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Clinical Trials Search at Vanderbilt-Ingram Cancer Center



A Phase 2 Study of ALX148 in Combination with Pembrolizumab and Chemotherapy in Patients with Advanced Head and Neck Squamous Cell Carcinoma (ASPEN-04)

Head/Neck

Head/Neck
II
Gibson, Mike
NCT04675333
VICCHN2110

Circulating Tumor DNA Testing in Predicting Treatment for Patients with Stage IIA Colon Cancer After Surgery, COBRA Trial

Multiple Cancer Types

This phase II / III trial studies how well circulating tumor deoxyribonucleic acid (ctDNA) testing in the blood works to identify patients with stage IIA colon cancer who might benefit from additional treatment with chemotherapy after surgery. ctDNA are small pieces of genetic materials (DNA) that are shed by tumors into the blood. Finding ctDNA in the blood means that there are very likely small amounts of cancer remaining after surgery that may not be detectable using other tests, such as medical imaging. Testing for ctDNA levels may help identify patients with colon cancer who benefit from receiving chemotherapy after surgery. It is not yet known whether giving additional treatment with chemotherapy after surgery to patients who test positive for ctDNA and are at low risk for cancer recurrence would extend their time without disease compared to the usual approach (active surveillance).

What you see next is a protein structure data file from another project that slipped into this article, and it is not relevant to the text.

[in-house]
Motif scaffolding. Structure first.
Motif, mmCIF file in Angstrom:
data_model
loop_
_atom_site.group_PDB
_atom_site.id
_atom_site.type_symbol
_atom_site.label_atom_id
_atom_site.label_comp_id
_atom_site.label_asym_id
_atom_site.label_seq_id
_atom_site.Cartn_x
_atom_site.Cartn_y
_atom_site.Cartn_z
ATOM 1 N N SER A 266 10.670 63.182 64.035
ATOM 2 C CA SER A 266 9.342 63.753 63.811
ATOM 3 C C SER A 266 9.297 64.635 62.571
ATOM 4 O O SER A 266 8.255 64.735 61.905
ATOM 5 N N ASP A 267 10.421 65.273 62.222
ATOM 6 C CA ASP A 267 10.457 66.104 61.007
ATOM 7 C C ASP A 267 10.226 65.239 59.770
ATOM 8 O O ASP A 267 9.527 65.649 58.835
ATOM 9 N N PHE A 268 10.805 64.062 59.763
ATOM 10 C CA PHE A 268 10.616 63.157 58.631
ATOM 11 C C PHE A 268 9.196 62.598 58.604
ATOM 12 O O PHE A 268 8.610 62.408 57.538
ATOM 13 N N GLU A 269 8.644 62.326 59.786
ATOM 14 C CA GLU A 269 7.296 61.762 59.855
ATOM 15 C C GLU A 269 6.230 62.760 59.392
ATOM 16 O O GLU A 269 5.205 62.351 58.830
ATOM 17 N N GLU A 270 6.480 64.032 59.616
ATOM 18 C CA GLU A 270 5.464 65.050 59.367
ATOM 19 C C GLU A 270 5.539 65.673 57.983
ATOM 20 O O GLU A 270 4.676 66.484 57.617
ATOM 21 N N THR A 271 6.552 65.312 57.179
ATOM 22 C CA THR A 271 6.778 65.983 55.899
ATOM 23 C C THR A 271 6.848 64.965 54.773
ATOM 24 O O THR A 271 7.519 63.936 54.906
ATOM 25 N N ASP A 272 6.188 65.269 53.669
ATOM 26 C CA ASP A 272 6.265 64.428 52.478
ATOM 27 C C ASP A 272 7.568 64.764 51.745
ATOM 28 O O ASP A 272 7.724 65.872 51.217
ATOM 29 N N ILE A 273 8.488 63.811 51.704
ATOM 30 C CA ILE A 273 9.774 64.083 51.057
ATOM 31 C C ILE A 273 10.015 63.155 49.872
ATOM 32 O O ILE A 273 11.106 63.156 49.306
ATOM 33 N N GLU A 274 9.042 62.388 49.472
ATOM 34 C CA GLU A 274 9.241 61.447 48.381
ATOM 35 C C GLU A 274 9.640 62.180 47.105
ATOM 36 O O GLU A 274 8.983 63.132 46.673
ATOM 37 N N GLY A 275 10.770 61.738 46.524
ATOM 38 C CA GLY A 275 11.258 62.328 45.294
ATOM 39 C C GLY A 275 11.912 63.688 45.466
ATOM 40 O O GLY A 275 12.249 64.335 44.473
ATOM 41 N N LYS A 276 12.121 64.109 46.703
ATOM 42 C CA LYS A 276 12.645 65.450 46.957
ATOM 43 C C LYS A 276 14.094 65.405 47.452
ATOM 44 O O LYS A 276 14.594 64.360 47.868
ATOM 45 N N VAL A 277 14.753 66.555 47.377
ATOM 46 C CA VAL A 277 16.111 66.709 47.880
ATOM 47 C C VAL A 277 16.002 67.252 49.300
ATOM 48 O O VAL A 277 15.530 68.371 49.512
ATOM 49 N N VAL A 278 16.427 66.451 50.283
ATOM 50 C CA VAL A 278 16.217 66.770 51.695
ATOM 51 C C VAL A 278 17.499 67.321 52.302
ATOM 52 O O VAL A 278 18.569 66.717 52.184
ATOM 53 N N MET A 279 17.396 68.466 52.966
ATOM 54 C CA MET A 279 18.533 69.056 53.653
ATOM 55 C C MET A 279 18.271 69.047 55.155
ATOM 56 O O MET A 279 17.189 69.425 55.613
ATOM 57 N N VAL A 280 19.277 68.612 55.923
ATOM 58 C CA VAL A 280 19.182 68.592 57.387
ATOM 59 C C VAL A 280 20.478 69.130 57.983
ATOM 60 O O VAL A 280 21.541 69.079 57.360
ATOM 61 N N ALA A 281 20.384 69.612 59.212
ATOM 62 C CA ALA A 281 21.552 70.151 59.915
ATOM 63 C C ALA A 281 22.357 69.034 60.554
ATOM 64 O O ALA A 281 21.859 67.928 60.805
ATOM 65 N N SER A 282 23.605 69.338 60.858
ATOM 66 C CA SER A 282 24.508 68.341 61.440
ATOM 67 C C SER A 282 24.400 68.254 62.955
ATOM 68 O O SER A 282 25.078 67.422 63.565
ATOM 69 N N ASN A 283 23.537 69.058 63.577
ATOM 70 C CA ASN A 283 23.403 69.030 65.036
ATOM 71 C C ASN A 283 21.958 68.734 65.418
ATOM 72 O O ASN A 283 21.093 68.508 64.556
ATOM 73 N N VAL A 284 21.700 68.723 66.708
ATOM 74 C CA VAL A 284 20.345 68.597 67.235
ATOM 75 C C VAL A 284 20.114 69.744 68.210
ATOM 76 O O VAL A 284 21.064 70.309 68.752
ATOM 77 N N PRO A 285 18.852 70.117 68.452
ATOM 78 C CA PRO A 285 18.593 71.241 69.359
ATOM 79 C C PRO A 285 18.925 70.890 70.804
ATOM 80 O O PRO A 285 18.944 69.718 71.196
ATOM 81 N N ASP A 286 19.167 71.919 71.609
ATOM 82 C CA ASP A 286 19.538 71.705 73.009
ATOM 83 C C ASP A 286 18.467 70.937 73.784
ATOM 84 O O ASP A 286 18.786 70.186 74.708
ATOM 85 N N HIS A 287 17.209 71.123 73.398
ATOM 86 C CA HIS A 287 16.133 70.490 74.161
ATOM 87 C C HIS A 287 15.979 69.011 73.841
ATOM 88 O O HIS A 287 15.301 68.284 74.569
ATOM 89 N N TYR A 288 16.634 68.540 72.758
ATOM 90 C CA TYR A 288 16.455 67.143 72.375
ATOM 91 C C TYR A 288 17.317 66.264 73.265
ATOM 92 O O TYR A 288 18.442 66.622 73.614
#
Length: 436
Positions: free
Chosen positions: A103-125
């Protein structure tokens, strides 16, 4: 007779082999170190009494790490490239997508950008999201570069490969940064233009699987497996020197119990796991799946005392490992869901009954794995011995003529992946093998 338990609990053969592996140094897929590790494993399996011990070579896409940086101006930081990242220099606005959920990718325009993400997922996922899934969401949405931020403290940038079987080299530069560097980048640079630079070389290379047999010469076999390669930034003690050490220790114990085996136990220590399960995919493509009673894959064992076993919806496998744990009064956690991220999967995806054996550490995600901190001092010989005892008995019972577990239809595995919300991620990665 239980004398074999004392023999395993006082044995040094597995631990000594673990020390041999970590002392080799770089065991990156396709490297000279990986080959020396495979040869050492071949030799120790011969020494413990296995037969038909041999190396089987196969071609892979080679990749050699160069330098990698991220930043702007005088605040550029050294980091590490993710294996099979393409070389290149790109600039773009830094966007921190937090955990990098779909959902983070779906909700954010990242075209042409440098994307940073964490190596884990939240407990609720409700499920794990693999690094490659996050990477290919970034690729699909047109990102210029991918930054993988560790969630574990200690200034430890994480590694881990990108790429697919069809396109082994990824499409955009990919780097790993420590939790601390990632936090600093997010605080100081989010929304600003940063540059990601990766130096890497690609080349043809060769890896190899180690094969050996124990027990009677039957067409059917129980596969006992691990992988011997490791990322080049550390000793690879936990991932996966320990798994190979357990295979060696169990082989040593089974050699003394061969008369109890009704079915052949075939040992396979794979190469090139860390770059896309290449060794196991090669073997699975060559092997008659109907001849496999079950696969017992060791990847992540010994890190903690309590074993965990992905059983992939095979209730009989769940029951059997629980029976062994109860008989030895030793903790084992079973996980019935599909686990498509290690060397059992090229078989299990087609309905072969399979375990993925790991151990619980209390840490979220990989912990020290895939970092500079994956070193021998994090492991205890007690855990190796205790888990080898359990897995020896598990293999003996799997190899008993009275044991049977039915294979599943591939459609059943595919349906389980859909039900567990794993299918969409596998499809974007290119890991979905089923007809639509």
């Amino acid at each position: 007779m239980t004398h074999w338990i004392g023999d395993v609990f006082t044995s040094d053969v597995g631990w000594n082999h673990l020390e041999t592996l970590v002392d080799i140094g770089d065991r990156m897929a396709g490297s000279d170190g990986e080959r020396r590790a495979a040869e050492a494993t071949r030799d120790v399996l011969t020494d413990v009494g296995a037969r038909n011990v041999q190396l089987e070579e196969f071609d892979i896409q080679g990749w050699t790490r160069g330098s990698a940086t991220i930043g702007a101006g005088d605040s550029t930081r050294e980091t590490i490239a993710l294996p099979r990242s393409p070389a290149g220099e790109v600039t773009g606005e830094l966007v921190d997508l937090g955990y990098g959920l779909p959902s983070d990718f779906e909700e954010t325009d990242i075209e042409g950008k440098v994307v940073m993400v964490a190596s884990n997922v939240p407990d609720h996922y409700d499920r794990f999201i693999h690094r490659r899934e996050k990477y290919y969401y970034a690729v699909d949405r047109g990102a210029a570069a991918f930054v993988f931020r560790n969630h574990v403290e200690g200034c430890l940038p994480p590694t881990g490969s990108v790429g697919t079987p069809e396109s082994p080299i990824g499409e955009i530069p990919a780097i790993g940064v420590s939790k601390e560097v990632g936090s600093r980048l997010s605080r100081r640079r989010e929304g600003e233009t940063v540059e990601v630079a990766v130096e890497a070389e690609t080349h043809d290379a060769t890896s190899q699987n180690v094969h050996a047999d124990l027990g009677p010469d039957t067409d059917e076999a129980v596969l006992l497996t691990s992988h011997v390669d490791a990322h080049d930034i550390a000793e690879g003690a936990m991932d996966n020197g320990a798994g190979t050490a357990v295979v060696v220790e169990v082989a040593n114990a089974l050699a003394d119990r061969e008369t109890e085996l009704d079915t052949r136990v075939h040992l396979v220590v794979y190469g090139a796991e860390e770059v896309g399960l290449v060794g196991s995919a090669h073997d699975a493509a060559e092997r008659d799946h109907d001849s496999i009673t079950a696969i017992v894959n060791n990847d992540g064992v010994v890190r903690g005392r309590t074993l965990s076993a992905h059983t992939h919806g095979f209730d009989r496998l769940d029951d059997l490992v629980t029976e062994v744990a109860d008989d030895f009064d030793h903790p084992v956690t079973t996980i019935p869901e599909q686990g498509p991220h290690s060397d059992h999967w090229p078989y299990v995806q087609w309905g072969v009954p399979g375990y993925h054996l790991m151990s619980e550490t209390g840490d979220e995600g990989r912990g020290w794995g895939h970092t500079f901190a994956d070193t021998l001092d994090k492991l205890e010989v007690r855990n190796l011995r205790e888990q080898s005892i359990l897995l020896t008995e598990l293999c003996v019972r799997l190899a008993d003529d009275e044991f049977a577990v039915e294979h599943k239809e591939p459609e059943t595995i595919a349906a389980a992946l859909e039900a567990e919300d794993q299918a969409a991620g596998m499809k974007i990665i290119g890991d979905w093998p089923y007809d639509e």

Colon, Rectal
II/III
Agarwal, Rajiv
NCT04068103
NRGGI005

Lower-Dose Chemoradiation in Treating Patients with Early-Stage Anal Cancer, the DECREASE Study

Rectal

This phase II trial studies how well lower-dose chemotherapy plus radiation (chemoradiation) therapy works in comparison to standard-dose chemoradiation in treating patients with early-stage anal cancer. Drugs used in chemotherapy, such as mitomycin, fluorouracil, and capecitabine, work in different ways to stop the growth of tumor cells, either by killing the cells, by stopping them from dividing, or by stopping them from spreading. Radiation therapy uses high-energy x-rays to kill tumor cells and shrink tumors. Giving chemotherapy with radiation therapy may kill more tumor cells. This study may help doctors find out if lower-dose chemoradiation is as effective and has fewer side effects than standard-dose chemoradiation, which is the usual approach for treatment of this cancer type.
Rectal
II
Eng, Cathy
NCT04166318
ECOGGIEA2182

Efficacy and Safety of Olaparib, Olaparib + Bevacizumab Compared to Bevacizumab + 5-Fluorouracil (FU)

Multiple Cancer Types

This is an efficacy and safety study of olaparib alone or in combination with bevacizumab being compared to bevacizumab with Fluorouracil (5-FU) in participants with unresectable or metastatic colorectal cancer (CRC) who have not progressed following first-line induction of FOLFOX with bevacizumab. Hypothesis 1 - Olaparib + Bevacizumab is superior to 5-FU + Bevacizumab with respect to progression-free survival (PFS) using Response Evaluation Criteria In Solid Tumors version 1.1 (RECIST 1.1) as assessed by blinded independent central review (BICR) in the treatment of CRC. Hypothesis 2 - Olaparib is superior to 5-FU + Bevacizumab with respect to PFS using RECIST 1.1 as assessed by BICR) in the treatment of CRC.
Colon, Rectal
III
Ciombor, Kristen
NCT04456699
VICCGI1993

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